There’s also the peculiar features of NI which trouble traditional Tory worldviews. In the language of Conservative politics, national insurance contributions are often presented as “tax on jobs,” because they hit not only workers but their employers with extra employment costs. And because self-employed people pay lower NI contributions than employees, this can result in employers dreaming up schemes to casualise their staff in a bid to avoid these liabilities. It all smells like the kind of Brownite budgetary chicanery which the party used to denounce during the 2000s.

But the main grief this policy is rolling into is its rampant intergenerational unfairness. As the Resolution Foundation point out, the policy will “unjustifiably place the burden on the young and low earners” while sparing older and wealthier voters.

Why? Because once you reach the state pension age, you don’t have to pay a penny in national insurance, even if you are still working full time and on a good wage. A penny on NI would cost a thirty-year-old earning £29,500 just under £200 a year on top of their existing tax bill. For a twenty-year old taking in £20,000, the cost will be just over £100 in increased contributions.

 But for someone over 66 – like at least 68 Members of Parliament – earning £81,932 a year? They’d pay zero. Zilch. Nada. Raise the cash by way of income tax, by contrast, and all of these honourable members would be obliged to contribute their fair share. Another problem is the kinds of income which national insurance hits. Unlike income tax, NI falls only on your work-related earnings. Older, wealthier people with extensive portfolios of investments, dividends, or rental income wouldn’t pay a penny more, leaving younger workers to foot the bill.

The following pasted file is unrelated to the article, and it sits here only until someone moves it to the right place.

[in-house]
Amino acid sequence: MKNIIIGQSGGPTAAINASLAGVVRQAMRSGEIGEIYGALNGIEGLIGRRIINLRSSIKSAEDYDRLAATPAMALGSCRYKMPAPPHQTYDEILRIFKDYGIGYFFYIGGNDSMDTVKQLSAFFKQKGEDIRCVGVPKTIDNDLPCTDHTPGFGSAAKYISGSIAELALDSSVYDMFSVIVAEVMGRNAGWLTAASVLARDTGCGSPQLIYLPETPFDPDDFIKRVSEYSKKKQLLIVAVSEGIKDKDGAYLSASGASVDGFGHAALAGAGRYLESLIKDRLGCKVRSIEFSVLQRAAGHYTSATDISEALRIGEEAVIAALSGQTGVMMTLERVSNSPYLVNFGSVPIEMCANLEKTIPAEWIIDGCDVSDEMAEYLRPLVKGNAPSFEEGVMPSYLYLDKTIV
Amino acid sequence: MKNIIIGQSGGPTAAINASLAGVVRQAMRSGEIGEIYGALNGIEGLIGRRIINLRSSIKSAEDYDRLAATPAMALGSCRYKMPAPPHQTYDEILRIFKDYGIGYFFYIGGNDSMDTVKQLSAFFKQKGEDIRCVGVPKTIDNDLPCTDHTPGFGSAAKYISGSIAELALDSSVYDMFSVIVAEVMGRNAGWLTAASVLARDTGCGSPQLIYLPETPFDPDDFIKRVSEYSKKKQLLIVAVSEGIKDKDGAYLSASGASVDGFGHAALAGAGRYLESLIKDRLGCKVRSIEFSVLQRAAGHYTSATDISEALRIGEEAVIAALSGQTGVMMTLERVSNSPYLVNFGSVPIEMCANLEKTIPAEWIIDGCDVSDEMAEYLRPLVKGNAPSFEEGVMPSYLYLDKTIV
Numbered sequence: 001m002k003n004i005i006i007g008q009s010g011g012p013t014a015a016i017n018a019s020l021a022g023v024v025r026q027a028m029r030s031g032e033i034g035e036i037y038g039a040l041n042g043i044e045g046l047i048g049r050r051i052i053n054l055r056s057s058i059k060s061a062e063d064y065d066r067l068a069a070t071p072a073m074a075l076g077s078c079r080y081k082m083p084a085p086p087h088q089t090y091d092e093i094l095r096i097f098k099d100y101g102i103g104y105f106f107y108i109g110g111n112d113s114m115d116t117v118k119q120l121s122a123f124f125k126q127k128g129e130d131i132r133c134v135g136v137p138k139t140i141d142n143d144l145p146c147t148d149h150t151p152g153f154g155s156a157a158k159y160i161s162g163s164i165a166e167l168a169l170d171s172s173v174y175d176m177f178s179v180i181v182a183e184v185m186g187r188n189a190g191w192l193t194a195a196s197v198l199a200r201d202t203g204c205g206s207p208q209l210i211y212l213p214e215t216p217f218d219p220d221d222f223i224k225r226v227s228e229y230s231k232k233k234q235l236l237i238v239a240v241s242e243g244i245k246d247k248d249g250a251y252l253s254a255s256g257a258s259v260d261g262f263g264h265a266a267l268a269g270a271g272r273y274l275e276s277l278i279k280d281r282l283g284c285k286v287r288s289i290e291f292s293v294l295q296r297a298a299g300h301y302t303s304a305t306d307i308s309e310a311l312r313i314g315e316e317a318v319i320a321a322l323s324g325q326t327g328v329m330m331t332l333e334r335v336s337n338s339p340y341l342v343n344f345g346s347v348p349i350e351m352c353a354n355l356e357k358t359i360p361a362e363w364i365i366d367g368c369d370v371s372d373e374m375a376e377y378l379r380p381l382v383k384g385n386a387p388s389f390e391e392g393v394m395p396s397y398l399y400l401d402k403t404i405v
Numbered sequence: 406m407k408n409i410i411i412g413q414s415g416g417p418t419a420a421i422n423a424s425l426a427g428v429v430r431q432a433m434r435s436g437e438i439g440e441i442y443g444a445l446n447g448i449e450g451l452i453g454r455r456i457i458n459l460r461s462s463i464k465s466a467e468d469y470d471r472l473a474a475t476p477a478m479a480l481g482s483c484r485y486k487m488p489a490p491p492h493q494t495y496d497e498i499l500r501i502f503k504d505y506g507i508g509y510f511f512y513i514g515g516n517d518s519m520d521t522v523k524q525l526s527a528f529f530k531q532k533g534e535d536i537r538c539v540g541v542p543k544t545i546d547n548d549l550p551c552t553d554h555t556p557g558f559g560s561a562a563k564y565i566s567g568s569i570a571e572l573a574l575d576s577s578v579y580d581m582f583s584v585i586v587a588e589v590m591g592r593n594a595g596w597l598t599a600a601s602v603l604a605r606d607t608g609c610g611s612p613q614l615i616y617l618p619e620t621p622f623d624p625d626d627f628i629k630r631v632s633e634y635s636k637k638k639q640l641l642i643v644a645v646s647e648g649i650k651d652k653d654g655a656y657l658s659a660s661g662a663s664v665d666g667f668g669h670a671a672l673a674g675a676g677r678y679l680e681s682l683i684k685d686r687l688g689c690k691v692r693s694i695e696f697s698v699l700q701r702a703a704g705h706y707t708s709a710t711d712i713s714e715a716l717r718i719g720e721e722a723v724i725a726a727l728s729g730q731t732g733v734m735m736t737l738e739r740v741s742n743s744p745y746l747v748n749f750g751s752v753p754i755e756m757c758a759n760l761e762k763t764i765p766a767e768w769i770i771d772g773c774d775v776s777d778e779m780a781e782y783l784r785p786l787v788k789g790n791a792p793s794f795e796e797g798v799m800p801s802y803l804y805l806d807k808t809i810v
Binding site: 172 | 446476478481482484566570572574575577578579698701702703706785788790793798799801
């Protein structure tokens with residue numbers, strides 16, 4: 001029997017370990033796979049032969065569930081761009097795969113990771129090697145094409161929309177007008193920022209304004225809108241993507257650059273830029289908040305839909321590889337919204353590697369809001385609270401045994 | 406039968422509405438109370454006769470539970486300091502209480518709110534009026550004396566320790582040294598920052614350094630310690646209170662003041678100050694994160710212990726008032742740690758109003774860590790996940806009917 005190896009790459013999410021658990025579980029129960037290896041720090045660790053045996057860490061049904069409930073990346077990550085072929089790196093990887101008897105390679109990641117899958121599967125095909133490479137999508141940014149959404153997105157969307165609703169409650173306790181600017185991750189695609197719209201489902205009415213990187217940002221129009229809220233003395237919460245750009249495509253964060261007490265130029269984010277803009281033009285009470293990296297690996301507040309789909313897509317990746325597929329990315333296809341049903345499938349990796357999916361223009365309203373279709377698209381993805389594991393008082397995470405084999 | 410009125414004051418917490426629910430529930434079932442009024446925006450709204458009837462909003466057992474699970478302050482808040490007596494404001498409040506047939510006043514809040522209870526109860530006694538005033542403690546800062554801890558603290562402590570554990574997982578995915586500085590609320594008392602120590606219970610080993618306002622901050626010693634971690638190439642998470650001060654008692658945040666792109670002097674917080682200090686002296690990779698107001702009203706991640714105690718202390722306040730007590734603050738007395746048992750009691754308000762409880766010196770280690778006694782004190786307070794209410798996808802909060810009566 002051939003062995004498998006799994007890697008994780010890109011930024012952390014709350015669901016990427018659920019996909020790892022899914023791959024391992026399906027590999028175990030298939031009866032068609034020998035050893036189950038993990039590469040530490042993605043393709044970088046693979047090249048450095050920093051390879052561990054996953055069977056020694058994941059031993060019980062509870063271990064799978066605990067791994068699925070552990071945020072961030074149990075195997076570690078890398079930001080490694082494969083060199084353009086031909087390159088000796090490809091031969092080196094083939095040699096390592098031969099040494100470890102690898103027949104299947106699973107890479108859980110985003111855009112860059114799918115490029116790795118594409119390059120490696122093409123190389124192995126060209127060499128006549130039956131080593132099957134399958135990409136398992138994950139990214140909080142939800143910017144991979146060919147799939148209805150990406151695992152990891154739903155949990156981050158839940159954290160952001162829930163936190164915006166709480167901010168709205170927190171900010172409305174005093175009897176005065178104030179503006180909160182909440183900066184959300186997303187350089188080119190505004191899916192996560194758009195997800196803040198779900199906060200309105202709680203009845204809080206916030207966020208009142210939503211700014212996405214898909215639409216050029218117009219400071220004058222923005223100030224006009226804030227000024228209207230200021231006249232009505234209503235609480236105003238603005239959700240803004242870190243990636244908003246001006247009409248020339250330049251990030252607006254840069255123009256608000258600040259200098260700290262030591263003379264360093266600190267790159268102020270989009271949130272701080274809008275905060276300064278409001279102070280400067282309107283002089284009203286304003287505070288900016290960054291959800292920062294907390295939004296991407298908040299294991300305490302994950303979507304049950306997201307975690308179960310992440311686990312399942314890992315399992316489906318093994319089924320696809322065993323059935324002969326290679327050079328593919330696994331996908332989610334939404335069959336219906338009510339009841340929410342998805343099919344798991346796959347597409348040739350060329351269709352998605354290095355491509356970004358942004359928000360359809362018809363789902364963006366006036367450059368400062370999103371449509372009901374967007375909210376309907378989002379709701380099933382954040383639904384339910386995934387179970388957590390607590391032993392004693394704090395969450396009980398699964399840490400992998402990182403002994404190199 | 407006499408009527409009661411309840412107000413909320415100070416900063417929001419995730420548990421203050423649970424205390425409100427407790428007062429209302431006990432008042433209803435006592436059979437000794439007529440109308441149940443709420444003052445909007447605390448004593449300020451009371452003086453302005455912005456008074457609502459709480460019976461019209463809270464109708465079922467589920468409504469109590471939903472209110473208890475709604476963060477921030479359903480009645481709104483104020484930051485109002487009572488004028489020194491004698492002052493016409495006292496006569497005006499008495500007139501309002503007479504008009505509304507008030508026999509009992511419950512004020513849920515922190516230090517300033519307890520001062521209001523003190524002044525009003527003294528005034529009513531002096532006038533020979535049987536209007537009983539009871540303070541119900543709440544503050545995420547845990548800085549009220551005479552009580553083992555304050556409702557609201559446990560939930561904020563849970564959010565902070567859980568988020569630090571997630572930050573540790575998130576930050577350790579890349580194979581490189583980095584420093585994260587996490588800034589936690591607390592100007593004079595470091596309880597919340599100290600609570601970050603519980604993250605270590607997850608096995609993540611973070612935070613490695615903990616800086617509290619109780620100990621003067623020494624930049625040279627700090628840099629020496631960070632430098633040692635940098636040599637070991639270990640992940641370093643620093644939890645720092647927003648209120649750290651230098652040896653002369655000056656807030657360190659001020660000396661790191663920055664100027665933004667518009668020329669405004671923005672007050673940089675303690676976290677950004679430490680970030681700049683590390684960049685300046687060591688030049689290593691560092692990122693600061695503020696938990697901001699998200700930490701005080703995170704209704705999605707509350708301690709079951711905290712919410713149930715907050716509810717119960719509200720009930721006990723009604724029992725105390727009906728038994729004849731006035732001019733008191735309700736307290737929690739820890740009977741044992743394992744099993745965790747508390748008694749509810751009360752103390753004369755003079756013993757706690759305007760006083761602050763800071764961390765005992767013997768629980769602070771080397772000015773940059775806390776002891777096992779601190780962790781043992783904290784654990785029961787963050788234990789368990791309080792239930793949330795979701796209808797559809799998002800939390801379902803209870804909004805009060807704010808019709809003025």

The generational inequities of this speak for themselves. A classic bit of Tory policymaking, shoring up the base in its existing social and economic advantages, while pushing the burdens onto the unloved youngsters the right-wing press spends so much of its energies slagging off.

One point which has been consistently missing from the metropolitan analysis of the pros and cons of the UK government’s policy are the implications for devolution and the potential political fallout. Think about it. Westminster sets income tax rates for England and Wales. The Scotland Act empowers the Scottish Parliament to set its own bands, and these have been tracking in a different direction for some time now. Lower-income workers in Scotland benefit from a starter rate of 19% on earnings between £12,570 to £14,667. The higher rate is now 41% north of the border compared to 40% in England and Wales.

But, but, but – national insurance is still reserved to Westminster. As a consequence, it is Rishi Sunak rather than Kate Forbes who decides who the levies land on, and how much of their earnings the state claws back. What the UK government is effectively proposing to do is to hike taxes on workers in Scotland, in a regressive and inter-generationally unfair way, to fund English social care policy.

And because raising English income taxes to fund English public services is deemed too politically embarrassing for this Tory government, Scottish workers on modest incomes will have to part with hundreds of pounds to pay for it, while wealthy voters in England who stand to benefit from the changes make no contribution at all.

It doesn’t matter if some of the Barnet consequentials eventually find their way into Holyrood’s coffers. These UK government proposals aren’t just transparently socially unjust. They’re a constitutional absurdity.